Fix Your Mind Upon the Personality of Godhead

In our previous post Om, Oṁkāra, or the Praṇava, is the Seed of Transcendental Realization Oṁkāra, or the praṇava, which is the seed of transcendental realization, and it is composed of the three transcendental letters a-u-m, was discussed. By its chanting by the mind, in conjunction with the breathing process, was a means of changing the habit of the mind, to bring the mind under control. But in this next verse, Śukadeva Gosvāmī recommends the next step in God Realization, namely to fix one’s mind in the service of the Personality of Godhead.

Gradually, as the mind becomes progressively spiritualized, withdraw it from sense activities, and by intelligence the senses will be controlled. The mind too absorbed in material activities can be engaged in the service of the Personality of Godhead and become fixed in full transcendental consciousness.

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Om, Oṁkāra, or the Praṇava, is the Seed of Transcendental Realization

…Oṁkāra, or the praṇava, is the seed of transcendental realization, and it is composed of the three transcendental letters a-u-m. By its chanting by the mind, in conjunction with the breathing process, which is a transcendental but mechanical way of getting into trance, as devised by the experience of great mystics, one is able to bring the mind, which is materially absorbed, under control.

Oṁkāra is the seed of all transcendental sound and it is only the transcendental sound which can bring about the desired change of the mind and the senses. Mind or desire cannot be stopped, but to develop a desire to function for spiritual realization, the quality of engagement by the mind has to be changed.

In the Bhagavad-gītā, the praṇava (oṁkāra) has been accepted as the direct, literal representation of the Supreme Absolute Truth. One who is not able to chant directly the holy name of the Lord, as recommended above, can easily chant the praṇava (oṁkāra). This oṁkāra is a note of address, such as “O my Lord,” just as oṁ hari om means “O my Lord, the Supreme Personality of Godhead.” As we have explained before, the Lord’s holy name is identical with the Lord Himself. So also is oṁkāra. But persons who are unable to realize the transcendental personal form or name of the Lord on account of their imperfect senses (in other words, the neophytes) are trained to the practice of self-realization by this mechanical process of regulating the breathing function and simultaneously repeating the praṇava (oṁkāra) within the mind.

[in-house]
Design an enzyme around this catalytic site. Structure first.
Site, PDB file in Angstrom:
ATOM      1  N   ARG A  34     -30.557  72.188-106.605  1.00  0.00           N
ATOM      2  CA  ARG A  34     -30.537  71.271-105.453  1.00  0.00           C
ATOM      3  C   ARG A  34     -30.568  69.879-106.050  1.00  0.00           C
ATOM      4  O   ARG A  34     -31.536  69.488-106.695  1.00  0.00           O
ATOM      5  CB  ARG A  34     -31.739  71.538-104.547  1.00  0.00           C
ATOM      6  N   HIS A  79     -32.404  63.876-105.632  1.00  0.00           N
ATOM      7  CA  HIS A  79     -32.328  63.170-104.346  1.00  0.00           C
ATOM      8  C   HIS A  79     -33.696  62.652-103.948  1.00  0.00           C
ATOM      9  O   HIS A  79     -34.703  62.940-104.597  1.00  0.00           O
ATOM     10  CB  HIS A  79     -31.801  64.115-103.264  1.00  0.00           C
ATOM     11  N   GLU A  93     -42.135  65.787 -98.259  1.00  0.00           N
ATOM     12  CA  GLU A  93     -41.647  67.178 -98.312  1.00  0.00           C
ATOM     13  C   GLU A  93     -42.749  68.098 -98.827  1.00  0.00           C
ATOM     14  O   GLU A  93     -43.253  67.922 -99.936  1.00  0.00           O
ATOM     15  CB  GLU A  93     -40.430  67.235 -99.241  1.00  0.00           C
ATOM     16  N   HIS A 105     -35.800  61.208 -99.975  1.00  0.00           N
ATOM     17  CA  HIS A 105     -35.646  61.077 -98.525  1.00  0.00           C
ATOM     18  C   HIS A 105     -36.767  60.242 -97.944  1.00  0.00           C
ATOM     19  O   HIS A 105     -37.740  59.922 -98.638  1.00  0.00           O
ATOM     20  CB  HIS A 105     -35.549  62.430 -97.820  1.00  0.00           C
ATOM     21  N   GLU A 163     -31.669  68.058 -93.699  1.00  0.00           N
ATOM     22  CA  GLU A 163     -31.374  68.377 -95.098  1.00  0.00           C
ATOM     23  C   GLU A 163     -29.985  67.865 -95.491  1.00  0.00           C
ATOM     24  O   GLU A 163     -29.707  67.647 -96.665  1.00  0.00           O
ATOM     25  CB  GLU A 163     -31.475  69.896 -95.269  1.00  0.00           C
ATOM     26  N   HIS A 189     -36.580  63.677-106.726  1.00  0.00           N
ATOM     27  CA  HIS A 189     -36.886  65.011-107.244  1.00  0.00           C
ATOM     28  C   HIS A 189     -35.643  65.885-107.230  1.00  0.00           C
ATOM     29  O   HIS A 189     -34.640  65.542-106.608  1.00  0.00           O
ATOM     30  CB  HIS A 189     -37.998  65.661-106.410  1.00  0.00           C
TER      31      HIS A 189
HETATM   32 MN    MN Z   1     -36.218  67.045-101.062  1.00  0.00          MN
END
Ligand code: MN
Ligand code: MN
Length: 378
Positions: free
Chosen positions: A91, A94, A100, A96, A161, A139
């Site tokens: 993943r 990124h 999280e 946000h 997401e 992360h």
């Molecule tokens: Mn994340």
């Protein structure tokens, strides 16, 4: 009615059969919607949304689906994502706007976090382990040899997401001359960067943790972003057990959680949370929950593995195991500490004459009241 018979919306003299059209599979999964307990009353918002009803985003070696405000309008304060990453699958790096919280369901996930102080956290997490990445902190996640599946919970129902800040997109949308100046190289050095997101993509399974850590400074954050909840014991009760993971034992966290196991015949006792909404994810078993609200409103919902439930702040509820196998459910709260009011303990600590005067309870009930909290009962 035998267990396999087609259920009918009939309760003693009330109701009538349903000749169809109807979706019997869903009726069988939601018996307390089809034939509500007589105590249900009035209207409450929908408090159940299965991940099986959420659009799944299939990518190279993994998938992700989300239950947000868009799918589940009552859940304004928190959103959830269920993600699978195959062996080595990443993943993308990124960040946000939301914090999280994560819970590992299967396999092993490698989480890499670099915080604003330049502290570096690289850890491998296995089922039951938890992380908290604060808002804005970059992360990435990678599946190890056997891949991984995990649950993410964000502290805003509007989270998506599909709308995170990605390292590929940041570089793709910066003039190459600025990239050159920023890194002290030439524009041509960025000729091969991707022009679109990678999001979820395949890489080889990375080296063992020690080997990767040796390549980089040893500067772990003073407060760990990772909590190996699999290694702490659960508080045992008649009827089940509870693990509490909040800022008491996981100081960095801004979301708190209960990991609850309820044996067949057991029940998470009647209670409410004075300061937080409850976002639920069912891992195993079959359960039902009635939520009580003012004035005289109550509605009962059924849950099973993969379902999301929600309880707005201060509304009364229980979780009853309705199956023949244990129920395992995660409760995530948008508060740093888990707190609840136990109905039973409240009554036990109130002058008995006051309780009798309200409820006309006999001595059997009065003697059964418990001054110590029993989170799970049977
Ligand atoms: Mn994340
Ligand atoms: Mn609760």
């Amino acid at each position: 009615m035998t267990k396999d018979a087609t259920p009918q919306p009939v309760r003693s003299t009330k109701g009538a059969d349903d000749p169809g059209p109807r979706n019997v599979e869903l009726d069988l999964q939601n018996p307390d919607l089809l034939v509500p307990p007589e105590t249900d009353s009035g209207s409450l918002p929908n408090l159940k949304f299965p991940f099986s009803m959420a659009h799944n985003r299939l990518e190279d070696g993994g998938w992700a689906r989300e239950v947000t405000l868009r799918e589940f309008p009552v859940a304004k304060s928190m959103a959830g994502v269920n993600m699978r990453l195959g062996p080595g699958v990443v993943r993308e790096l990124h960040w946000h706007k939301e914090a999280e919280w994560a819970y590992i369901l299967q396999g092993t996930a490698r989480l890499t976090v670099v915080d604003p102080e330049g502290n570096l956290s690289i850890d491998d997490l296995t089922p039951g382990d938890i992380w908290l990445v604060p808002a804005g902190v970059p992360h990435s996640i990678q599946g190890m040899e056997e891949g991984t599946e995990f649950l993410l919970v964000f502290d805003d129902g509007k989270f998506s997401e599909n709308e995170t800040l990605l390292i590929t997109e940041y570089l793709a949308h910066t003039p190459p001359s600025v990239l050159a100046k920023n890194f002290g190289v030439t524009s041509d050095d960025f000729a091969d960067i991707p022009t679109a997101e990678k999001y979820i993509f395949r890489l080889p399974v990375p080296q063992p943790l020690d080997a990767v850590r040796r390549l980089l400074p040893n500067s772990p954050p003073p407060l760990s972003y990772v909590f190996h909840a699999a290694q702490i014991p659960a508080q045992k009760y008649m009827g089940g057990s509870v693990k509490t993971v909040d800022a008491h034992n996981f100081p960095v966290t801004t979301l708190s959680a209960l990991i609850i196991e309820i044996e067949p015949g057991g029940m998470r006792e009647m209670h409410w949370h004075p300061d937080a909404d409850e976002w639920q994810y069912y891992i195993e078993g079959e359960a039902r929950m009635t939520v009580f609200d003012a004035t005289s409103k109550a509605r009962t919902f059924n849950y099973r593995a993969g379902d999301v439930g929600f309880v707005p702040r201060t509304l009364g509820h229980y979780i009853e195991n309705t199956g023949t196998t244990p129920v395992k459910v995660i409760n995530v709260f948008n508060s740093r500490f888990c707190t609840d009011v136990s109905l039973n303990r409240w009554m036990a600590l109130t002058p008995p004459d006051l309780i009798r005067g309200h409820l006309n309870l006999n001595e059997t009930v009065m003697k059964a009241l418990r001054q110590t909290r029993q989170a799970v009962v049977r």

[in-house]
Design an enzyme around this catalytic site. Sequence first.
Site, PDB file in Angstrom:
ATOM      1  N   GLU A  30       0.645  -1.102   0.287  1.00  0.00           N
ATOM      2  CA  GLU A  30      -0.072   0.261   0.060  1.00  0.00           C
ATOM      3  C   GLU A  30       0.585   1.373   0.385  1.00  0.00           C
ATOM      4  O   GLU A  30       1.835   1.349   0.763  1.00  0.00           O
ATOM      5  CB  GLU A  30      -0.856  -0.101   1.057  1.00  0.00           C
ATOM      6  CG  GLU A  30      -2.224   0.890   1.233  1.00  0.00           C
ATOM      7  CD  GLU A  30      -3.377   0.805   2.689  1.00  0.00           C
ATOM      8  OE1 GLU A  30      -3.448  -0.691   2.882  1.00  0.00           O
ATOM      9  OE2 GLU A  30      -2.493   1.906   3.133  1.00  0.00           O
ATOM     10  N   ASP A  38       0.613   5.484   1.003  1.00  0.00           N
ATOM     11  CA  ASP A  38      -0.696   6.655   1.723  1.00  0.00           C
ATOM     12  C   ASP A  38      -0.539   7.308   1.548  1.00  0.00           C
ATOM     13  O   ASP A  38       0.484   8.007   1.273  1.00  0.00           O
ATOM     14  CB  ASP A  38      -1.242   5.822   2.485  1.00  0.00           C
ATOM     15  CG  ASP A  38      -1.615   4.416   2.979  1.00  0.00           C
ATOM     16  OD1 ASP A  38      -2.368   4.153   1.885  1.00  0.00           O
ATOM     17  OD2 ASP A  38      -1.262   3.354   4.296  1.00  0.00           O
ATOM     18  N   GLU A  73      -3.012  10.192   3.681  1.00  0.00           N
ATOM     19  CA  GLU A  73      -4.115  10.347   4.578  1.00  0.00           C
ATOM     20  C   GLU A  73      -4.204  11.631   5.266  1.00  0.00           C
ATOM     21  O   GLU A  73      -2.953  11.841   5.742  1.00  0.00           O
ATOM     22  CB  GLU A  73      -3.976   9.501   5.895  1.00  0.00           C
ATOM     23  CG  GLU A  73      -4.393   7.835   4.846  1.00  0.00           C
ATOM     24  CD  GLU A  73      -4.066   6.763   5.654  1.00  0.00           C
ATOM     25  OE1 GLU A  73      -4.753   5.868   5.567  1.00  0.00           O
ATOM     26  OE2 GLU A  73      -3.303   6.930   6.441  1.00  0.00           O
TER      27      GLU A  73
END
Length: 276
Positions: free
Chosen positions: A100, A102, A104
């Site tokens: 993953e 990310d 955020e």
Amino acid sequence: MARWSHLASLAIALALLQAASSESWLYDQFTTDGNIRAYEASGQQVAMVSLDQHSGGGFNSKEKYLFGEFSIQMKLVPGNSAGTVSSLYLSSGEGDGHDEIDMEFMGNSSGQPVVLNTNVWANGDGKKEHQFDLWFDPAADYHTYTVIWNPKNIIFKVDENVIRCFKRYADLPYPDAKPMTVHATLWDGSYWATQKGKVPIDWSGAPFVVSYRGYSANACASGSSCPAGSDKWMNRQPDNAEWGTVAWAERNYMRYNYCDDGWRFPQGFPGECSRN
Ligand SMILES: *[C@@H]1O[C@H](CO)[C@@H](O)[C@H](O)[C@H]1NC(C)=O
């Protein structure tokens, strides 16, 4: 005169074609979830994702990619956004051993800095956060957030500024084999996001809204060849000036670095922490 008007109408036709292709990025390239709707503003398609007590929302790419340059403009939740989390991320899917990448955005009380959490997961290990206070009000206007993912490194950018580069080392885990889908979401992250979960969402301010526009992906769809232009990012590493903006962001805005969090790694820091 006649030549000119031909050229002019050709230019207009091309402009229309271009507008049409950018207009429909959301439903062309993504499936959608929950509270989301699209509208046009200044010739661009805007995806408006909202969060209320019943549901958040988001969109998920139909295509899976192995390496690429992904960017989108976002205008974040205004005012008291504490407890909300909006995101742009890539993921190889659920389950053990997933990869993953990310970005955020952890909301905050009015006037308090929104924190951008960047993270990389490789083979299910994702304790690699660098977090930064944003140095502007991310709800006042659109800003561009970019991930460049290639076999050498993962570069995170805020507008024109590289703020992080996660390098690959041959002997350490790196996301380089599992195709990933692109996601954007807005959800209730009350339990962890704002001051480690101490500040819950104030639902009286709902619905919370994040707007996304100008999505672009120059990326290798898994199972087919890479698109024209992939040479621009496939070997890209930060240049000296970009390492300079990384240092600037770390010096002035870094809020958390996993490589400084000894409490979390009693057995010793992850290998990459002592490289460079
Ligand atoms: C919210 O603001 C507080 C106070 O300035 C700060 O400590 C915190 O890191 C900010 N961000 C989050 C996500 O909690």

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Om or Hare Krishna?

Om or Hare Krishna?
By Kurappiah Chockalingam

Though the sacred sound om is often associated with impersonalists, only the devotees understand its full import.

The Gosvamis of Vrndavana have analyzed om (a-u-m) as follows: The letter a refers to Krsna, the master of all planets and all living entities. The letter u indicates Srimati Radharani, the pleasure potency of Krsna, and m indicates the living entities. Thus omkara represents Krsna; His name, fame, pastimes, potencies, and devotees; and everything else pertaining to Him.

THROUGHOUT THE VEDAS there is much mention of the syllabel om. This spiritual vibration, which is sometimes called omkara or pranava, comprises three Sanskrit sounds – a, u, and ma (the a in ma is silent). When these three sounds are combined, the result is the single-syllabled vibration om.
An unusual attribute of om is that it has no direct translation from Sanskrit into English. And though every Vedantist will accept om to be a representation of God, exactly how om is viewed differs according to various schools to thought. These schools can be classified into two main categories, the Mayavadi, or impersonalist, and the Vaisnava, or devotee.

The impersonalist, as the name suggests, is happy to treat om as an impersonal, formless, representation of the Absolute Truth. Therefore, the Mayavadi will very openly chant om, being careful to avoid names such as Krsna and Rama, which according to them, are limited. A Mayavadi might explain his theory of pranava om like this: “Since this whole universe has been created by Him (God), whatever there is in the universe is Him alone.

As such, He has no name. But if He has to have a name, then all names are His, for He alone is appearing in all forms. The first sound in most languages is a; the last sound to leave as our mouth closes is m; u is the center of the two. Together, they represent all the basic sounds from which words are produced. And threfore, these three sounds, making up the syllable om, represent the entire universe of names and forms.”

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